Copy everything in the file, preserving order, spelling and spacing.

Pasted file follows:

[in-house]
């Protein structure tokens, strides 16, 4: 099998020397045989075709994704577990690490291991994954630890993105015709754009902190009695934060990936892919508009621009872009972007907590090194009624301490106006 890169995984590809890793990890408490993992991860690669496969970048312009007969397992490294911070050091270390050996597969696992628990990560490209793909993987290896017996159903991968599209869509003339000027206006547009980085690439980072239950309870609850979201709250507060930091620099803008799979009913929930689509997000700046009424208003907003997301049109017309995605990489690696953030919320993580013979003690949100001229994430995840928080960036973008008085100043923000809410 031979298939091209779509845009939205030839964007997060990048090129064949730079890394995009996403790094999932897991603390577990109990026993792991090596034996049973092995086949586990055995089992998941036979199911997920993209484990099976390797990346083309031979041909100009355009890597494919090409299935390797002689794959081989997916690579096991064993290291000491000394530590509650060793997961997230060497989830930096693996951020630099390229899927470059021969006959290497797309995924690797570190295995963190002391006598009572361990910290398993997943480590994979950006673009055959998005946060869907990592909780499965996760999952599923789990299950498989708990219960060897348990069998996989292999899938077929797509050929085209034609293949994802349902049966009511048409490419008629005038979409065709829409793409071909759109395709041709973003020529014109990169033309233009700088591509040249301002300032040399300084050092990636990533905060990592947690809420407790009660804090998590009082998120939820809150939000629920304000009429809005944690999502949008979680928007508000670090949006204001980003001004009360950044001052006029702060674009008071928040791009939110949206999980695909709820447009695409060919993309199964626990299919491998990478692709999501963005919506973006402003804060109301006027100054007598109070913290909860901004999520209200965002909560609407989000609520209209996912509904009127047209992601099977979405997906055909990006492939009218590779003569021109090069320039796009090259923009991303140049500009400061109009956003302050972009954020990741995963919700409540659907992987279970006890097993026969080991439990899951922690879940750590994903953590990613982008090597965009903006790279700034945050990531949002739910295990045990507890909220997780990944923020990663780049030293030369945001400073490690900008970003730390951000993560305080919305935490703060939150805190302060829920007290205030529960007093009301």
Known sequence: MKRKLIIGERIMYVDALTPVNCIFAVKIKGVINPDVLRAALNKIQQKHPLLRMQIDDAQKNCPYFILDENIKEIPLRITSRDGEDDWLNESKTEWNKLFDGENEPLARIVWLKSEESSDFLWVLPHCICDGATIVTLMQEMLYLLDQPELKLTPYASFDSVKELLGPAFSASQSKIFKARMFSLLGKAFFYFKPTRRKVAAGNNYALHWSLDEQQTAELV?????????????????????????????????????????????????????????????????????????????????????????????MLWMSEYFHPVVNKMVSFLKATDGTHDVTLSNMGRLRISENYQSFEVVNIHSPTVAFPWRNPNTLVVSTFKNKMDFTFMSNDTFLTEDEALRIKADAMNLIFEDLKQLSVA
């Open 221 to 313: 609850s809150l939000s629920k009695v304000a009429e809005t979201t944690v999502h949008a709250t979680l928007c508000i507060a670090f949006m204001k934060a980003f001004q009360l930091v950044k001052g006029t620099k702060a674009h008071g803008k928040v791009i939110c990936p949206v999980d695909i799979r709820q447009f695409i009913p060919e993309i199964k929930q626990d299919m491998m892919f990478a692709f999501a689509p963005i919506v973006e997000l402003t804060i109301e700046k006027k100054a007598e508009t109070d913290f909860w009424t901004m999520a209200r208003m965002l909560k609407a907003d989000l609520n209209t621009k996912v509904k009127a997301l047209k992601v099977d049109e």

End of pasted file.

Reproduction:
[in-house]
């Protein structure tokens, strides 16, 4: 099998020397045989075709994704577990690490291991994954630890993105015709754009902190009695934060990936892919508009621009872009972007907590090194009624301490106006 890169995984590809890793990890408490993992991860690669496969970048312009007969397992490294911070050091270390050996597969696992628990990560490209793909993987290896017996159903991968599209869509003339000027206006547009980085690439980072239950309870609850979201709250507060930091620099803008799979009913929930689509997000700046009424208003907003997301049109017309995605990489690696953030919320993580013979003690949100001229994430995840928080960036973008008085100043923000809410 031979298939091209779509845009939205030839964007997060990048090129064949730079890394995009996403790094999932897991603390577990109990026993792991090596034996049973092995086949586990055995089992998941036979199911997920993209484990099976390797990346083309031979041909100009355009890597494919090409299935390797002689794959081989997916690579096991064993290291000491000394530590509650060793997961997230060497989830930096693996951020630099390229899927470059021969006959290497797309995924690797570190295995963190002391006598009572361990910290398993997943480590994979950006673009055959998005946060869907990592909780499965996760999952599923789990299950498989708990219960060897348990069998996989292999899938077929797509050929085209034609293949994802349902049966009511048409490419008629005038979409065709829409793409071909759109395709041709973003020529014109990169033309233009700088591509040249301002300032040399300084050092990636990533905060990592947690809420407790009660804090998590009082998120939820809150939000629920304000009429809005944690999502949008979680928007508000670090949006204001980003001004009360950044001052006029702060674009008071928040791009939110949206999980695909709820447009695409060919993309199964626990299919491998990478692709999501963005919506973006402003804060109301006027100054007598109070913290909860901004999520209200965002909560609407989000609520209209996912509904009127047209992601099977979405997906055909990006492939009218590779003569021109090069320039796009090259923009991303140049500009400061109009956003302050972009954020990741995963919700409540659907992987279970006890097993026969080991439990899951922690879940750590994903953590990613982008090597965009903006790279700034945050990531949002739910295990045990507890909220997780990944923020990663780049030293030369945001400073490690900008970003730390951000993560305080919305935490703060939150805190302060829920007290205030529960007093009301």
Known sequence: MKRKLIIGERIMYVDALTPVNCIFAVKIKGVINPDVLRAALNKIQQKHPLLRMQIDDAQKNCPYFILDENIKEIPLRITSRDGEDDWLNESKTEWNKLFDGENEPLARIVWLKSEESSDFLWVLPHCICDGATIVTLMQEMLYLLDQPELKLTPYASFDSVKELLGPAFSASQSKIFKARMFSLLGKAFFYFKPTRRKVAAGNNYALHWSLDEQQTAELV?????????????????????????????????????????????????????????????????????????????????????????????MLWMSEYFHPVVNKMVSFLKATDGTHDVTLSNMGRLRISENYQSFEVVNIHSPTVAFPWRNPNTLVVSTFKNKMDFTFMSNDTFLTEDEALRIKADAMNLIFEDLKQLSVA
């Open 221 to 313: 609850s809150l939000s629920k009695v304000a009429e809005t979201t944690v999502h949008a709250t979680l928007c508000i507060a670090f949006m204001k934060a980003f001004q009360l930091v950044k001052g006029t620099k702060a674009h008071g803008k928040v791009i939110c990936p949206v999980d695909i799979r709820q447009f695409i009913p060919e993309i199964k929930q626990d299919m491998m892919f990478a692709f999501a689509p963005i919506v973006e997000l402003t804060i109301e700046k006027k100054a007598e508009t109070d913290f909860w009424t901004m999520a209200r208003m965002l909560k609407a907003d989000l609520n209209t621009k996912v509904k009127a997301l047209k992601v099977d049109e």